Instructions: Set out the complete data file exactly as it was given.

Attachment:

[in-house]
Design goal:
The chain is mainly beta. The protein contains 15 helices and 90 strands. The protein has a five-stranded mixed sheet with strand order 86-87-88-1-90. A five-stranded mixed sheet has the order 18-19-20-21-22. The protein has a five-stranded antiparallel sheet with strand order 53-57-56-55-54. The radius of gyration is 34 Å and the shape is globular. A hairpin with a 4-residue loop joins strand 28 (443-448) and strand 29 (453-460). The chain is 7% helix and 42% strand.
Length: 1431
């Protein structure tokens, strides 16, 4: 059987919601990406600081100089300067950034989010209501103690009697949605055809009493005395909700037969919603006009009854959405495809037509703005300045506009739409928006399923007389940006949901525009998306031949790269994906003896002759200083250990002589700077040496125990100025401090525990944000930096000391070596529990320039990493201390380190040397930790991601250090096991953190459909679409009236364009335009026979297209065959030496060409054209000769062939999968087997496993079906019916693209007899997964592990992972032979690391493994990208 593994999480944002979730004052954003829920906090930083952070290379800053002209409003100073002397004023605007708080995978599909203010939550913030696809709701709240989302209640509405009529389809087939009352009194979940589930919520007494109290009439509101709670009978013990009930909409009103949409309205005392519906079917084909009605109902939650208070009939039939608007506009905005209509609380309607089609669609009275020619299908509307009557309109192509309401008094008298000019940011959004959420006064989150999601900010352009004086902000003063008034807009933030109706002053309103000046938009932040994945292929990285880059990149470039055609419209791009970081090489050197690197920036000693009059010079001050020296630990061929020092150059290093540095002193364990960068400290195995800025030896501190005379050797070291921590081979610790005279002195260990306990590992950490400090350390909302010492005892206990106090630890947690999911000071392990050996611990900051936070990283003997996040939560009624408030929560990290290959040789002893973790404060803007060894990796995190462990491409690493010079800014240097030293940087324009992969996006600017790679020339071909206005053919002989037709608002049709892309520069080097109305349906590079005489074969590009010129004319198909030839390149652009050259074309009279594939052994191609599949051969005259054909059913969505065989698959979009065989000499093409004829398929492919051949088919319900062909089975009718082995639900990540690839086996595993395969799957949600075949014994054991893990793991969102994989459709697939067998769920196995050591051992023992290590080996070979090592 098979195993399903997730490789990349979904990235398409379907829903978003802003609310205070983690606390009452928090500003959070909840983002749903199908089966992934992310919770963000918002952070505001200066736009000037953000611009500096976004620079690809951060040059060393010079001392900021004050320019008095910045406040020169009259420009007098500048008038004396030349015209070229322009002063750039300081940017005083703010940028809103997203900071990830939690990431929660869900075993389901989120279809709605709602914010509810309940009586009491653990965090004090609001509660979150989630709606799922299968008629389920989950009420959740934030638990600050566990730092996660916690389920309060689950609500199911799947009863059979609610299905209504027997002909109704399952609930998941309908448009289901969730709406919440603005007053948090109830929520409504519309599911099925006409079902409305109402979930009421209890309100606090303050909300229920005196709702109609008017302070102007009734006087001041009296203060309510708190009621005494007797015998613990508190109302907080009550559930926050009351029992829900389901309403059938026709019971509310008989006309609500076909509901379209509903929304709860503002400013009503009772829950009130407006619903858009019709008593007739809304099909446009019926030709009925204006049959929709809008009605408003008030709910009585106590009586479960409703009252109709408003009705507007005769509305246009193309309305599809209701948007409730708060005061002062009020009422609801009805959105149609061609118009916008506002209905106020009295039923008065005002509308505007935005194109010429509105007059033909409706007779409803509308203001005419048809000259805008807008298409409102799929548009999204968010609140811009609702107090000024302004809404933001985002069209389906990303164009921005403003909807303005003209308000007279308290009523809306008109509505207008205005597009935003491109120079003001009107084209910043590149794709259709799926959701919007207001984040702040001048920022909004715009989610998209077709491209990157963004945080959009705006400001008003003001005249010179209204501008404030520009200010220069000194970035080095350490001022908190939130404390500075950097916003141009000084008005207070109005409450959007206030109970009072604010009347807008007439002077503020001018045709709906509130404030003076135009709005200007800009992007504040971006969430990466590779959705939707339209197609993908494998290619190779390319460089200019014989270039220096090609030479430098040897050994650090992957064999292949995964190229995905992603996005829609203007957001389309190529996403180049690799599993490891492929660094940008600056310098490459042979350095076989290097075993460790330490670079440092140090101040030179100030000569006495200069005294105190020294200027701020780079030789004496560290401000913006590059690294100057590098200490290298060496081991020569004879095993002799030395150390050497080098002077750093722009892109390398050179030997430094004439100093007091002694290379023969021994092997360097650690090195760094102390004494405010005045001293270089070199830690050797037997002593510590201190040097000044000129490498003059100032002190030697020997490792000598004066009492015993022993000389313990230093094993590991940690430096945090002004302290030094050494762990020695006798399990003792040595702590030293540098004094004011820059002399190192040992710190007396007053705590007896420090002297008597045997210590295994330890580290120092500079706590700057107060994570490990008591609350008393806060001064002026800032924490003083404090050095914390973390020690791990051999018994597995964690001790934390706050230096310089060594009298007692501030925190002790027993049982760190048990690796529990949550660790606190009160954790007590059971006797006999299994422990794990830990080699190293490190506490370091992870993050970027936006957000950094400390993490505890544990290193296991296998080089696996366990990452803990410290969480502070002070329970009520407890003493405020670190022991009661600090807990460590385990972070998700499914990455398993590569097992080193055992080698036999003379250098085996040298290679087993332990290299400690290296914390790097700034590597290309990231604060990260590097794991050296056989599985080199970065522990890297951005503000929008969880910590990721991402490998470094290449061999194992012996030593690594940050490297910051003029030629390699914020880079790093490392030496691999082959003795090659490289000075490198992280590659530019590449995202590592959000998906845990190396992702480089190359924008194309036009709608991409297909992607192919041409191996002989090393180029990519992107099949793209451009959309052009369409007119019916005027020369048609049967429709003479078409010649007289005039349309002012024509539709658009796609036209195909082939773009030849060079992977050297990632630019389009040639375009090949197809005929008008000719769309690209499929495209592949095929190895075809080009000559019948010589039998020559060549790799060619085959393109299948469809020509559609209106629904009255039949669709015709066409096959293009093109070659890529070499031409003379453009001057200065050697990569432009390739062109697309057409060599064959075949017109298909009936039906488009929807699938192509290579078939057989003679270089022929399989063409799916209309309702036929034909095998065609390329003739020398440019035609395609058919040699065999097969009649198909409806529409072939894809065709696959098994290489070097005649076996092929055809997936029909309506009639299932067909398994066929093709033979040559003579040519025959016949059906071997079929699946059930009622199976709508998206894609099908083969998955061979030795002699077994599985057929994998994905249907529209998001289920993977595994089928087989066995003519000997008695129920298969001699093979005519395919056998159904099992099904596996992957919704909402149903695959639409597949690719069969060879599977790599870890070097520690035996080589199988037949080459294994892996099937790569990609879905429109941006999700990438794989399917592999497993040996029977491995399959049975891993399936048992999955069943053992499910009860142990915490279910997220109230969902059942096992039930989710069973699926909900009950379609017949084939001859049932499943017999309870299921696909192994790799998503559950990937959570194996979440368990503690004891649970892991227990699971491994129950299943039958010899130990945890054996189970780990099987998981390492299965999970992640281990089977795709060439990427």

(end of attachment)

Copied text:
[in-house]
Design goal:
The chain is mainly beta. The protein contains 15 helices and 90 strands. The protein has a five-stranded mixed sheet with strand order 86-87-88-1-90. A five-stranded mixed sheet has the order 18-19-20-21-22. The protein has a five-stranded antiparallel sheet with strand order 53-57-56-55-54. The radius of gyration is 34 Å and the shape is globular. A hairpin with a 4-residue loop joins strand 28 (443-448) and strand 29 (453-460). The chain is 7% helix and 42% strand.
Length: 1431
């Protein structure tokens, strides 16, 4: 059987919601990406600081100089300067950034989010209501103690009697949605055809009493005395909700037969919603006009009854959405495809037509703005300045506009739409928006399923007389940006949901525009998306031949790269994906003896002759200083250990002589700077040496125990100025401090525990944000930096000391070596529990320039990493201390380190040397930790991601250090096991953190459909679409009236364009335009026979297209065959030496060409054209000769062939999968087997496993079906019916693209007899997964592990992972032979690391493994990208 593994999480944002979730004052954003829920906090930083952070290379800053002209409003100073002397004023605007708080995978599909203010939550913030696809709701709240989302209640509405009529389809087939009352009194979940589930919520007494109290009439509101709670009978013990009930909409009103949409309205005392519906079917084909009605109902939650208070009939039939608007506009905005209509609380309607089609669609009275020619299908509307009557309109192509309401008094008298000019940011959004959420006064989150999601900010352009004086902000003063008034807009933030109706002053309103000046938009932040994945292929990285880059990149470039055609419209791009970081090489050197690197920036000693009059010079001050020296630990061929020092150059290093540095002193364990960068400290195995800025030896501190005379050797070291921590081979610790005279002195260990306990590992950490400090350390909302010492005892206990106090630890947690999911000071392990050996611990900051936070990283003997996040939560009624408030929560990290290959040789002893973790404060803007060894990796995190462990491409690493010079800014240097030293940087324009992969996006600017790679020339071909206005053919002989037709608002049709892309520069080097109305349906590079005489074969590009010129004319198909030839390149652009050259074309009279594939052994191609599949051969005259054909059913969505065989698959979009065989000499093409004829398929492919051949088919319900062909089975009718082995639900990540690839086996595993395969799957949600075949014994054991893990793991969102994989459709697939067998769920196995050591051992023992290590080996070979090592 098979195993399903997730490789990349979904990235398409379907829903978003802003609310205070983690606390009452928090500003959070909840983002749903199908089966992934992310919770963000918002952070505001200066736009000037953000611009500096976004620079690809951060040059060393010079001392900021004050320019008095910045406040020169009259420009007098500048008038004396030349015209070229322009002063750039300081940017005083703010940028809103997203900071990830939690990431929660869900075993389901989120279809709605709602914010509810309940009586009491653990965090004090609001509660979150989630709606799922299968008629389920989950009420959740934030638990600050566990730092996660916690389920309060689950609500199911799947009863059979609610299905209504027997002909109704399952609930998941309908448009289901969730709406919440603005007053948090109830929520409504519309599911099925006409079902409305109402979930009421209890309100606090303050909300229920005196709702109609008017302070102007009734006087001041009296203060309510708190009621005494007797015998613990508190109302907080009550559930926050009351029992829900389901309403059938026709019971509310008989006309609500076909509901379209509903929304709860503002400013009503009772829950009130407006619903858009019709008593007739809304099909446009019926030709009925204006049959929709809008009605408003008030709910009585106590009586479960409703009252109709408003009705507007005769509305246009193309309305599809209701948007409730708060005061002062009020009422609801009805959105149609061609118009916008506002209905106020009295039923008065005002509308505007935005194109010429509105007059033909409706007779409803509308203001005419048809000259805008807008298409409102799929548009999204968010609140811009609702107090000024302004809404933001985002069209389906990303164009921005403003909807303005003209308000007279308290009523809306008109509505207008205005597009935003491109120079003001009107084209910043590149794709259709799926959701919007207001984040702040001048920022909004715009989610998209077709491209990157963004945080959009705006400001008003003001005249010179209204501008404030520009200010220069000194970035080095350490001022908190939130404390500075950097916003141009000084008005207070109005409450959007206030109970009072604010009347807008007439002077503020001018045709709906509130404030003076135009709005200007800009992007504040971006969430990466590779959705939707339209197609993908494998290619190779390319460089200019014989270039220096090609030479430098040897050994650090992957064999292949995964190229995905992603996005829609203007957001389309190529996403180049690799599993490891492929660094940008600056310098490459042979350095076989290097075993460790330490670079440092140090101040030179100030000569006495200069005294105190020294200027701020780079030789004496560290401000913006590059690294100057590098200490290298060496081991020569004879095993002799030395150390050497080098002077750093722009892109390398050179030997430094004439100093007091002694290379023969021994092997360097650690090195760094102390004494405010005045001293270089070199830690050797037997002593510590201190040097000044000129490498003059100032002190030697020997490792000598004066009492015993022993000389313990230093094993590991940690430096945090002004302290030094050494762990020695006798399990003792040595702590030293540098004094004011820059002399190192040992710190007396007053705590007896420090002297008597045997210590295994330890580290120092500079706590700057107060994570490990008591609350008393806060001064002026800032924490003083404090050095914390973390020690791990051999018994597995964690001790934390706050230096310089060594009298007692501030925190002790027993049982760190048990690796529990949550660790606190009160954790007590059971006797006999299994422990794990830990080699190293490190506490370091992870993050970027936006957000950094400390993490505890544990290193296991296998080089696996366990990452803990410290969480502070002070329970009520407890003493405020670190022991009661600090807990460590385990972070998700499914990455398993590569097992080193055992080698036999003379250098085996040298290679087993332990290299400690290296914390790097700034590597290309990231604060990260590097794991050296056989599985080199970065522990890297951005503000929008969880910590990721991402490998470094290449061999194992012996030593690594940050490297910051003029030629390699914020880079790093490392030496691999082959003795090659490289000075490198992280590659530019590449995202590592959000998906845990190396992702480089190359924008194309036009709608991409297909992607192919041409191996002989090393180029990519992107099949793209451009959309052009369409007119019916005027020369048609049967429709003479078409010649007289005039349309002012024509539709658009796609036209195909082939773009030849060079992977050297990632630019389009040639375009090949197809005929008008000719769309690209499929495209592949095929190895075809080009000559019948010589039998020559060549790799060619085959393109299948469809020509559609209106629904009255039949669709015709066409096959293009093109070659890529070499031409003379453009001057200065050697990569432009390739062109697309057409060599064959075949017109298909009936039906488009929807699938192509290579078939057989003679270089022929399989063409799916209309309702036929034909095998065609390329003739020398440019035609395609058919040699065999097969009649198909409806529409072939894809065709696959098994290489070097005649076996092929055809997936029909309506009639299932067909398994066929093709033979040559003579040519025959016949059906071997079929699946059930009622199976709508998206894609099908083969998955061979030795002699077994599985057929994998994905249907529209998001289920993977595994089928087989066995003519000997008695129920298969001699093979005519395919056998159904099992099904596996992957919704909402149903695959639409597949690719069969060879599977790599870890070097520690035996080589199988037949080459294994892996099937790569990609879905429109941006999700990438794989399917592999497993040996029977491995399959049975891993399936048992999955069943053992499910009860142990915490279910997220109230969902059942096992039930989710069973699926909900009950379609017949084939001859049932499943017999309870299921696909192994790799998503559950990937959570194996979440368990503690004891649970892991227990699971491994129950299943039958010899130990945890054996189970780990099987998981390492299965999970992640281990089977795709060439990427």